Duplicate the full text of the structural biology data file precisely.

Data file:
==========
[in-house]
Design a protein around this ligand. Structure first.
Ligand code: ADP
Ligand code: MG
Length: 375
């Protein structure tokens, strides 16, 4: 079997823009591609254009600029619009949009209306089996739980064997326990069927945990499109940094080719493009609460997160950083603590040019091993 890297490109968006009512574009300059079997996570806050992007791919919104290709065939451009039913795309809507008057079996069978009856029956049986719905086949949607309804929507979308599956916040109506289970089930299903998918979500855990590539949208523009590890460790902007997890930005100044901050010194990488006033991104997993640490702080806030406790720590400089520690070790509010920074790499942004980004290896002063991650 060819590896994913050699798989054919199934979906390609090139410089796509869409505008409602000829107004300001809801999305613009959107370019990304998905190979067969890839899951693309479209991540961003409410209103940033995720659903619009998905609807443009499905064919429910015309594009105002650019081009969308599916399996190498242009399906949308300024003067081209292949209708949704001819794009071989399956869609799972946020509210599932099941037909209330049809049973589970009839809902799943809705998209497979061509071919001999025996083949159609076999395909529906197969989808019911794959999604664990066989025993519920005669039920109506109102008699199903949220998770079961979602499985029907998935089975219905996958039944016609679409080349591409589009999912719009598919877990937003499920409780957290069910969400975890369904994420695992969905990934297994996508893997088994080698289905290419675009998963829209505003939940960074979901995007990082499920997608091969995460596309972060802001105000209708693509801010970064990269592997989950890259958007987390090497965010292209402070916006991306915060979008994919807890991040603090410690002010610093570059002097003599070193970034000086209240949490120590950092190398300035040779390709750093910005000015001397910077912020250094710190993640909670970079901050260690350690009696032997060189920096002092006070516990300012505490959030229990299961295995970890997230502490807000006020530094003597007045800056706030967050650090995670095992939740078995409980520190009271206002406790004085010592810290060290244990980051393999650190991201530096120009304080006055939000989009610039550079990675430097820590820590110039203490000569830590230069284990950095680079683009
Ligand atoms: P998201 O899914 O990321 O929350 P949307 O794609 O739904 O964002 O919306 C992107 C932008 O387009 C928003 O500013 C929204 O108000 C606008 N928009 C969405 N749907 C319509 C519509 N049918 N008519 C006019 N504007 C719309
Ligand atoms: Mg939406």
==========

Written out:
[in-house]
Design a protein around this ligand. Structure first.
Ligand code: ADP
Ligand code: MG
Length: 375
């Protein structure tokens, strides 16, 4: 079997823009591609254009600029619009949009209306089996739980064997326990069927945990499109940094080719493009609460997160950083603590040019091993 890297490109968006009512574009300059079997996570806050992007791919919104290709065939451009039913795309809507008057079996069978009856029956049986719905086949949607309804929507979308599956916040109506289970089930299903998918979500855990590539949208523009590890460790902007997890930005100044901050010194990488006033991104997993640490702080806030406790720590400089520690070790509010920074790499942004980004290896002063991650 060819590896994913050699798989054919199934979906390609090139410089796509869409505008409602000829107004300001809801999305613009959107370019990304998905190979067969890839899951693309479209991540961003409410209103940033995720659903619009998905609807443009499905064919429910015309594009105002650019081009969308599916399996190498242009399906949308300024003067081209292949209708949704001819794009071989399956869609799972946020509210599932099941037909209330049809049973589970009839809902799943809705998209497979061509071919001999025996083949159609076999395909529906197969989808019911794959999604664990066989025993519920005669039920109506109102008699199903949220998770079961979602499985029907998935089975219905996958039944016609679409080349591409589009999912719009598919877990937003499920409780957290069910969400975890369904994420695992969905990934297994996508893997088994080698289905290419675009998963829209505003939940960074979901995007990082499920997608091969995460596309972060802001105000209708693509801010970064990269592997989950890259958007987390090497965010292209402070916006991306915060979008994919807890991040603090410690002010610093570059002097003599070193970034000086209240949490120590950092190398300035040779390709750093910005000015001397910077912020250094710190993640909670970079901050260690350690009696032997060189920096002092006070516990300012505490959030229990299961295995970890997230502490807000006020530094003597007045800056706030967050650090995670095992939740078995409980520190009271206002406790004085010592810290060290244990980051393999650190991201530096120009304080006055939000989009610039550079990675430097820590820590110039203490000569830590230069284990950095680079683009
Ligand atoms: P998201 O899914 O990321 O929350 P949307 O794609 O739904 O964002 O919306 C992107 C932008 O387009 C928003 O500013 C929204 O108000 C606008 N928009 C969405 N749907 C319509 C519509 N049918 N008519 C006019 N504007 C719309
Ligand atoms: Mg939406």